From among all the interviews we conducted there were lots of stories of positive experiences. Families appreciated the support they had received from professionals, friends and others in their communities, schools and other services. There was a strong feeling of wanting to ‘give something back’ to the cleft community. This concept was formed on the basis of being grateful for the support of organisations such as Cleft Lip and Palate Association (CLAPA), CLAPA Edge and Changing Faces and for the treatment received through the regional cleft lip and palate services provided by the NHS (see ‘Cleft treatment pathway’). Some people were involved in giving advice to others through social media forums and others took part in fundraising and awareness raising activities for the cleft community in the UK.
Natalies son was born with cleft lip and palate but through having good experiences at school and socially he has developed a strong identity.
Matt’s daughter was born with a cleft palate and being able to share experiences with other people through direct contact and social media made things easier for the family.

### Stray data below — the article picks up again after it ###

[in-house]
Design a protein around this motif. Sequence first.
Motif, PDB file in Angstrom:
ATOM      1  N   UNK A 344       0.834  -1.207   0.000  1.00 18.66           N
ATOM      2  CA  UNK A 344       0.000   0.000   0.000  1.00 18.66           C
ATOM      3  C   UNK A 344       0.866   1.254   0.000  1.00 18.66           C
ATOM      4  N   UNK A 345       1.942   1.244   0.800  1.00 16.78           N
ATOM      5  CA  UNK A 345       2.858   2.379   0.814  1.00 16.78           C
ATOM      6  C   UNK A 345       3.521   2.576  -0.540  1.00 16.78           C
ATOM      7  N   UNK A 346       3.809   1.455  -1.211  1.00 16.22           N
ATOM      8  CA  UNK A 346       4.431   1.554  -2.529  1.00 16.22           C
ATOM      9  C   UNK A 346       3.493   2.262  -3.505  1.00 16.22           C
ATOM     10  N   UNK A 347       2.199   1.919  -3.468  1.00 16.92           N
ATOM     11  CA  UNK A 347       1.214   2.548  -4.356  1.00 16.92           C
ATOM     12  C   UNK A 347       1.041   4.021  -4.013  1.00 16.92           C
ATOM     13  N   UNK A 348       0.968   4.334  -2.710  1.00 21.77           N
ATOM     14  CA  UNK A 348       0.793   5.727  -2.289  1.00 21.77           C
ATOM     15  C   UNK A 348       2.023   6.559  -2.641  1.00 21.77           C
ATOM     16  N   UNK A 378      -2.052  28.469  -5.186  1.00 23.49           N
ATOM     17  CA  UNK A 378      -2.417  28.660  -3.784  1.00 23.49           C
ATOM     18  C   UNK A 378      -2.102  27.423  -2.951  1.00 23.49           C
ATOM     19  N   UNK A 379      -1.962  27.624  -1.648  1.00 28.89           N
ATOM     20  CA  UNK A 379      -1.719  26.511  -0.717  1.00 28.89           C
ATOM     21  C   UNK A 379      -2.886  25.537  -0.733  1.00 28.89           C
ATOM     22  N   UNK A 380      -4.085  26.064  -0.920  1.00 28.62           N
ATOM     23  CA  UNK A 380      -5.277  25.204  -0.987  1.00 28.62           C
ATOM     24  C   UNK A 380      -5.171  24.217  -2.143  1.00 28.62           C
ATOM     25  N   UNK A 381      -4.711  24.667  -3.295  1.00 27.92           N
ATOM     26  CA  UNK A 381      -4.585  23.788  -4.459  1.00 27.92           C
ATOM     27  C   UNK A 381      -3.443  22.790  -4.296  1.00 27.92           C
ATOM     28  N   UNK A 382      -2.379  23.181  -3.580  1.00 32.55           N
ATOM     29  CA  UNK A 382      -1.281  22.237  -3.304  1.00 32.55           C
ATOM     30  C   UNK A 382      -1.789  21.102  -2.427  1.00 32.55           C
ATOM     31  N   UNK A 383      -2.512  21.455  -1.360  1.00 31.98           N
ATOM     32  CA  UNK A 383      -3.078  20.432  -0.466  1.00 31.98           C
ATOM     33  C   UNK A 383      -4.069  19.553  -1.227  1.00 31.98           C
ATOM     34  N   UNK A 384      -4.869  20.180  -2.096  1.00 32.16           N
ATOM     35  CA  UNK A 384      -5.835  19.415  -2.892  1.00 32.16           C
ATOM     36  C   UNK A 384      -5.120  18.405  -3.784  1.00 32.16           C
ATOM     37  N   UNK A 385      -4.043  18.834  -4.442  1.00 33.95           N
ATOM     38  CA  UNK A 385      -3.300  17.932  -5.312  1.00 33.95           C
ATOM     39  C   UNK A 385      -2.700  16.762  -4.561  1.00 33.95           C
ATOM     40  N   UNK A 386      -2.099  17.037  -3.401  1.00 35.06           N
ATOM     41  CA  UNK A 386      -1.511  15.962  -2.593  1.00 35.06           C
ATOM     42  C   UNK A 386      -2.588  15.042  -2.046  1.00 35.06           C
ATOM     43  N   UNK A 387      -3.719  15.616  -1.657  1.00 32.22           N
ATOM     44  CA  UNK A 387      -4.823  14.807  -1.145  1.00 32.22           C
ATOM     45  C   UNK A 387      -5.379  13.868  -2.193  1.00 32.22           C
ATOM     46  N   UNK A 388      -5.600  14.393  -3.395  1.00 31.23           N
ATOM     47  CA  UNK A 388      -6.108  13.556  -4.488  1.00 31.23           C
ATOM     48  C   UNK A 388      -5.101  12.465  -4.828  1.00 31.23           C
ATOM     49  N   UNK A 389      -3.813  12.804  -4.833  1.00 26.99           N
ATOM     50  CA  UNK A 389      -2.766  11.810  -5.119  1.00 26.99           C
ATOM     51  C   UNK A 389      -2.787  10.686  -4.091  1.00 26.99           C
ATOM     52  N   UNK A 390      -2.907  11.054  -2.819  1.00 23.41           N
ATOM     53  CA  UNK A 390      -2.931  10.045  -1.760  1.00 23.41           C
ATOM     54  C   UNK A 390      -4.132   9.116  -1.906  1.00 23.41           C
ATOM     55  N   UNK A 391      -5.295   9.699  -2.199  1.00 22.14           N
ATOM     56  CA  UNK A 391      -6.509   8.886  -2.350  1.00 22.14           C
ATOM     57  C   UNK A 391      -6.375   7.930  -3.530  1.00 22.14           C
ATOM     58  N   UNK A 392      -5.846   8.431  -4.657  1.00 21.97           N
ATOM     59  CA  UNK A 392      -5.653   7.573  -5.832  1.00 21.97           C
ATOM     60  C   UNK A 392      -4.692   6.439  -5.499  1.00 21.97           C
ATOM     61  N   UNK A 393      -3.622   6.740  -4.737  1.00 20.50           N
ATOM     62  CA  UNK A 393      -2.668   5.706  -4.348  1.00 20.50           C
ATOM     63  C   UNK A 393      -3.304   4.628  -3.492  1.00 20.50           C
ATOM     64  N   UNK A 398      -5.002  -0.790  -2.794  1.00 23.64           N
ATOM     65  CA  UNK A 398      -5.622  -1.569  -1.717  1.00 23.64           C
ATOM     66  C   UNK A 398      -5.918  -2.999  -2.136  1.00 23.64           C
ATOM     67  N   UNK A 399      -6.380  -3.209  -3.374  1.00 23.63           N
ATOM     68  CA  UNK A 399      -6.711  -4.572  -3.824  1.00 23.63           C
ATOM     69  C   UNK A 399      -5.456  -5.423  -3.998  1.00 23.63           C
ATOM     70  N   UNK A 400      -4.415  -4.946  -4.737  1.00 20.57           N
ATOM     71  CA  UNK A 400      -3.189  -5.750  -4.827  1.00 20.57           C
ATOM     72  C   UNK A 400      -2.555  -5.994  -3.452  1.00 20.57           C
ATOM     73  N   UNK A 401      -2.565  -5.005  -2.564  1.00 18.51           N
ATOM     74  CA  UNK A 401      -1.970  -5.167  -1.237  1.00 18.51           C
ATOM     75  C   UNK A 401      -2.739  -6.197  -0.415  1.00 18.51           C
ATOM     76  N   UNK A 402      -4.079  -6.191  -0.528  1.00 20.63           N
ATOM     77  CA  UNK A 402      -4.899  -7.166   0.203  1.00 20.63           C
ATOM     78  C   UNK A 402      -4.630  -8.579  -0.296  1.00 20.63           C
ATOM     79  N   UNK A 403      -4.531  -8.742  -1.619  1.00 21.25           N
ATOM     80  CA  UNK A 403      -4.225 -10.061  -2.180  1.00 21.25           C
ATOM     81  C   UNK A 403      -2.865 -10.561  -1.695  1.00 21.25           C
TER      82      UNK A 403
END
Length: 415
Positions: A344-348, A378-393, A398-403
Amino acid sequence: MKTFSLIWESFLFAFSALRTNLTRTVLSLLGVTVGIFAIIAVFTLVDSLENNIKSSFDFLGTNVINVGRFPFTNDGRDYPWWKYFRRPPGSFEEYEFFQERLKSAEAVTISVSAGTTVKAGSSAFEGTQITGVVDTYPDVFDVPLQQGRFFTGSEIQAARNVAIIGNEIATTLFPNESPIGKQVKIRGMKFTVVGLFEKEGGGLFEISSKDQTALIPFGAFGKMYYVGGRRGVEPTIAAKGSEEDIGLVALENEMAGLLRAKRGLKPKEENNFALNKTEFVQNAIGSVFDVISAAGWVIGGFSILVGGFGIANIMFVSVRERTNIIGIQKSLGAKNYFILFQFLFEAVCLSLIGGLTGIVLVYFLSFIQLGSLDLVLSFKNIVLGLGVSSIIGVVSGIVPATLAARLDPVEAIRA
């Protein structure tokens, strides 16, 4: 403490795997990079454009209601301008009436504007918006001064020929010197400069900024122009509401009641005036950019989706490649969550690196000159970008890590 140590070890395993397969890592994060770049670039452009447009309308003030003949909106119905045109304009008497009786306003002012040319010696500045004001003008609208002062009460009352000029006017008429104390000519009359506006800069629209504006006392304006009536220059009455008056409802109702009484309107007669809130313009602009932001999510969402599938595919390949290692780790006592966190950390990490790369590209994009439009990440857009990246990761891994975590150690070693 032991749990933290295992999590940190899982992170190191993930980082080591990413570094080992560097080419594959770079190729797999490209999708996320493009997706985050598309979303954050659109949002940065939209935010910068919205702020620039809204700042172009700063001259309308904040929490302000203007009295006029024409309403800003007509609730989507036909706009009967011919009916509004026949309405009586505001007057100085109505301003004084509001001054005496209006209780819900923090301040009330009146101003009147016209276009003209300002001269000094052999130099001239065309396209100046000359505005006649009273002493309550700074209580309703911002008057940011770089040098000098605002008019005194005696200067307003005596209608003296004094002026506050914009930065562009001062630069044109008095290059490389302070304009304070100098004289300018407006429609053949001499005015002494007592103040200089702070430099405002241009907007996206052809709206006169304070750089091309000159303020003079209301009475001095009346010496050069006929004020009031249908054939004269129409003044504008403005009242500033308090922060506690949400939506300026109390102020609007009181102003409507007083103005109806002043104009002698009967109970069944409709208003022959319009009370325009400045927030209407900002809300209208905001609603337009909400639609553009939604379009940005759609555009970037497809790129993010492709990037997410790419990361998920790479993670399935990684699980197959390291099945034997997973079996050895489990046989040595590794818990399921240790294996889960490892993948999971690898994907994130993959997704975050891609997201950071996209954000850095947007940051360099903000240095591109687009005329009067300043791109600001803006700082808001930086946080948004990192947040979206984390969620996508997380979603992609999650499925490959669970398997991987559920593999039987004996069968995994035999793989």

Andy and Diane encourage parents to look at UK based information from reliable sources such as CLAPA. They also question the information given through the NHS and how it is delivered.
Parents and individuals also had advice to give to others regarding how to research cleft-related issues with regard to treatment and living with the condition.
Becky and Mark say that looking for information on the internet can be misleading and advise looking at recognised sites such as CLAPA. They also advise to look at before and after’ images of babies that have had cleft surgery.
Mary W encourages others to consult charities such as CLAPA and Changing Faces and not to let a cleft become a defining feature of your life.
Some of the younger adults we spoke with had received good information and support from other people born with clefts they had met through ‘CLAPA Edge’. CLAPA Edge is the Cleft Lip and Palate Association’s organisation for young people who were born with cleft lip and/or palate and incorporates a youth council for the discussion of cleft care. The ‘Adult Voices ‘ network provides a forum for adults born with cleft to discuss issues of living with the condition and accessing treatment as an adult. Adult Voices is associated with the CLAPA Facebook pages.